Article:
October 26, 2012 in ATDC News

Graduate Profiles: Emcien transforms “Big Data” into big value

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Emcien At a Glance

Like many startups, the roots of Emcien can be traced to the search for answers to a critical business problem. While serving as a professor at Georgia Tech, Dr. Roy Marsten – recipient of the Beale-Orchard-Hays Prize for Excellence in Computational Mathematics – was approached by a top automobile manufacturer for help identifying the most popular choice combinations and trends in sales transactions in order to reduce the number of configurations and still meet customer demand. His unique approach, which involved leveraging efficient graph algorithms to unveil insights from the data, became the foundation of Emcien.

A 2008 graduate of ATDC, Emcien provides pattern-based analytics solutions designed to solve specific business problems across sectors. In layman’s terms, Emcien’s technology automatically analyzes streams of data and converts that complex information into actionable insights designed to drive value and competitive advantage.

“We deliver the last mile of Big Data, directly dialing into the value of the data with our patented pattern-detection platform,” said CEO Radhika Subramanian.

It works like this: the company’s platform identifies and measures connections between data points and transfers the connections into a network graph — thereby converting the original high density/ low value data into a low density/ high value network by separating the “signal” from the “noise.” The algorithms measure the distance and strength between connections based on these linkages, similar to the popular game of “Six Degrees of Kevin Bacon.” Once these patterns emerge, the algorithms filter the network to remove the less important “garbage” links (or the noise) to convey the most valuable remaining relationships (the signal).

For example, the Atlanta Police Department used the technology to discover a gang merger occurring in real-time. With Emcien’s platform, the APD was equipped to track and prepare for the increase in violence resulting from that merger. In another case, NCR Corporation – which recently named Emcien the 2012 Supplier of the Year in the SaaS Solution Providers Category – utilized the technology to address the disconnect between customer-buying patterns and product configurations, ultimately generating a five percent increase in sales efficiency and a $110 million contribution to the company’s bottom line.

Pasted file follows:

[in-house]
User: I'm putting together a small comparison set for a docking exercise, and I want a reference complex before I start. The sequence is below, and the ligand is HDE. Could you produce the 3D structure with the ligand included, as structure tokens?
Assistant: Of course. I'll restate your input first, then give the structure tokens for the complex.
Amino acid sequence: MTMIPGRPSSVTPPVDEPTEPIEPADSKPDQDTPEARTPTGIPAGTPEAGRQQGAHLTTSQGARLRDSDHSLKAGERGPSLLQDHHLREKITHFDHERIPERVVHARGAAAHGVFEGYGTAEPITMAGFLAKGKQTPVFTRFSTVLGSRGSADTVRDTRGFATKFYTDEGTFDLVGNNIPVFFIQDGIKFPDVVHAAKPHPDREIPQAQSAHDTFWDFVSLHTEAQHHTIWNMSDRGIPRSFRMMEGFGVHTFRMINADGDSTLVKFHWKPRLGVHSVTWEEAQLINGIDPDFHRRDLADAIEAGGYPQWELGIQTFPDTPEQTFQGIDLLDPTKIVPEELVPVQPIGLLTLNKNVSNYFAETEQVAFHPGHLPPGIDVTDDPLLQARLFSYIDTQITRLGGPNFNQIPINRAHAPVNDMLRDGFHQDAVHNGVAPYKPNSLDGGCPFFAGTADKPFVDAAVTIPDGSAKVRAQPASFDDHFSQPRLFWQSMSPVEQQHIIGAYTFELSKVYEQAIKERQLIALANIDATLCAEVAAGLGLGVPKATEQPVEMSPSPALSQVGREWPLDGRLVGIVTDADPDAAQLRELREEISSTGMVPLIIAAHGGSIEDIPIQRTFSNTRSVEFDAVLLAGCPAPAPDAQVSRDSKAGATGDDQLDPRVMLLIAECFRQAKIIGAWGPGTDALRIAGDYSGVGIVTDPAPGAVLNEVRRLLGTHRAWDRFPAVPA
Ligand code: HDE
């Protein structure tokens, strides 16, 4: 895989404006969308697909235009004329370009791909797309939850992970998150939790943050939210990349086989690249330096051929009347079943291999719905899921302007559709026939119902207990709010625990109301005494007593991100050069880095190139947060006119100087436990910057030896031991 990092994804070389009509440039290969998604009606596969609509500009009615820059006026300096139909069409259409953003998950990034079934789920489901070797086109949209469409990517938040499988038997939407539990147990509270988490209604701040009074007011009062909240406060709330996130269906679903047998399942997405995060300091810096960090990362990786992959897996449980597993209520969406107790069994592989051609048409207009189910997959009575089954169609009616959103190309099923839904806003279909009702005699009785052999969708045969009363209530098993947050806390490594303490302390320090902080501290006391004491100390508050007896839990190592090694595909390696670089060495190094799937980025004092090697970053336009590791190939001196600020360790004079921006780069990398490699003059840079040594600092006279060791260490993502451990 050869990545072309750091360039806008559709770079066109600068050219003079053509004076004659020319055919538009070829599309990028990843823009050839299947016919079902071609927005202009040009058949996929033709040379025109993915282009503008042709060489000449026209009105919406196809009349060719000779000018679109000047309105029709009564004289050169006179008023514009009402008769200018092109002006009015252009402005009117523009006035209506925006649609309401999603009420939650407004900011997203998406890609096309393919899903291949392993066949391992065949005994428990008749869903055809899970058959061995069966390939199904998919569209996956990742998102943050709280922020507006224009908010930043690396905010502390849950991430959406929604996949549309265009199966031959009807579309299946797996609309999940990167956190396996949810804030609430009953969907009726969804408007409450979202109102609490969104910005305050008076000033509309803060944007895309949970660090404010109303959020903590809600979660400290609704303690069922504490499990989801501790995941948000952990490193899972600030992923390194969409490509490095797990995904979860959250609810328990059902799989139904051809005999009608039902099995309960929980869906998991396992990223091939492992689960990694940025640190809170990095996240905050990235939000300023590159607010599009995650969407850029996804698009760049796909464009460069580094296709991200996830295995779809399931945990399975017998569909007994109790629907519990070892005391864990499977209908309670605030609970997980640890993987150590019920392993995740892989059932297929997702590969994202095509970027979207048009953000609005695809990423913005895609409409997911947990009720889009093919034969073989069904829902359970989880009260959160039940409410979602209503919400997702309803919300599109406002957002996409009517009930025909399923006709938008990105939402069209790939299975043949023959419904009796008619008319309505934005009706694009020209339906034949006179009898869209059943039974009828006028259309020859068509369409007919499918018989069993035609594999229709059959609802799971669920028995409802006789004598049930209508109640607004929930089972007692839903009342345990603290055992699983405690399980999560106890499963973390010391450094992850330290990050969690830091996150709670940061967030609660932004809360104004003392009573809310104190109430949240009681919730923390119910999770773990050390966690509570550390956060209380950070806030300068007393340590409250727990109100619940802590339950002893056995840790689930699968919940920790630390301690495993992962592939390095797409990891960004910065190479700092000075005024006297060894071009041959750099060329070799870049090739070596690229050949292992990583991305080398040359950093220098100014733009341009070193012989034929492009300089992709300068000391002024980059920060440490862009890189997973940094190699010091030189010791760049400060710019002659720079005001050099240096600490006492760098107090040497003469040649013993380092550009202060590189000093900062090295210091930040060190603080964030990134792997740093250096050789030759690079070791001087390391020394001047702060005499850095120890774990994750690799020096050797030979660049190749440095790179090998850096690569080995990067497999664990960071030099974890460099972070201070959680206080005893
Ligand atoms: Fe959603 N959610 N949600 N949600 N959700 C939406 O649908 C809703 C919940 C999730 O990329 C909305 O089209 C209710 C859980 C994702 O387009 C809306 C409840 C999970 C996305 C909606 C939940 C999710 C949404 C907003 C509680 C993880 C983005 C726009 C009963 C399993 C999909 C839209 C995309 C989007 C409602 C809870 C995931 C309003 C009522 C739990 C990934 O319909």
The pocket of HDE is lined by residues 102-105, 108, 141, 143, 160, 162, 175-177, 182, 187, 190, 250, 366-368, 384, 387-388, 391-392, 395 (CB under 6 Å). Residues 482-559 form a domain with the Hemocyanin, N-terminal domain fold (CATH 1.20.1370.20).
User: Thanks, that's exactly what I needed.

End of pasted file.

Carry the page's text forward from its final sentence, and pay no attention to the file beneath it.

As the company’s reputation has grown, revenue and staff size have increased accordingly. Currently eyeing $6 million in revenue and 50 employees for 2012, company leaders expect both to double in size next year.

“At inception, we were a small group of math and engineering geeks focused on developing pattern-based analytics solutions to help companies leverage their data to solve critical business problems like product proliferation,” said Subramanian. “While the term Big Data wasn’t popular 10 years ago, our pattern-detection platform is a direct dial into big data insights for the end user.”

Subramanian said ATDC resources helped aid the company’s success, providing them with crucial connections and mentors along the way.

“The biggest perk of participating in an incubator is really the access to the ecosystem of big ideas, visions and forward-thinking individuals who possess the experience rising entrepreneurs require,” she said. “Entrepreneurs and startups outside of the incubator might get stuck re-inventing the wheel over and over again, because they don’t have access to this ecosystem.”




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